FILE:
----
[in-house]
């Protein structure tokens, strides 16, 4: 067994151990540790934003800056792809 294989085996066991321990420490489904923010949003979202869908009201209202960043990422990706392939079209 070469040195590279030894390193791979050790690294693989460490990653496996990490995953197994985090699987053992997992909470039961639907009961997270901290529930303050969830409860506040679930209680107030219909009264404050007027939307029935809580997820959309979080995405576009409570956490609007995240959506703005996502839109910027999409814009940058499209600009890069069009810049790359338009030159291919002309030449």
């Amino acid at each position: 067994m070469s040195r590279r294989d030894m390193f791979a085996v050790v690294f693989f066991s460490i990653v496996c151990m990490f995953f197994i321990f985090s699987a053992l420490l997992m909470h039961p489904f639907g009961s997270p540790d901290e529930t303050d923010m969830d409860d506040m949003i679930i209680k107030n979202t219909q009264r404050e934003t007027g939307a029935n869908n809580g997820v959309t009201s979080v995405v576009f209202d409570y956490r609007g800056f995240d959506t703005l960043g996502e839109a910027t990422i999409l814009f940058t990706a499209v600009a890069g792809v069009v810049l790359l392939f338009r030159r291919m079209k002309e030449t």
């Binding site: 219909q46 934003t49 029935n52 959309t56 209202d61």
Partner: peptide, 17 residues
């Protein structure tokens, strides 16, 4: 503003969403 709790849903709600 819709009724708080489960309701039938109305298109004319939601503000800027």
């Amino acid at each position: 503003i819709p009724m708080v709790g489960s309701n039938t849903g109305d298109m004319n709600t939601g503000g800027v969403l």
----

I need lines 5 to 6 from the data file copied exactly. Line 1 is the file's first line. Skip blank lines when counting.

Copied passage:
Partner: peptide, 17 residues
């Protein structure tokens, strides 16, 4: 503003969403 709790849903709600 819709009724708080489960309701039938109305298109004319939601503000800027």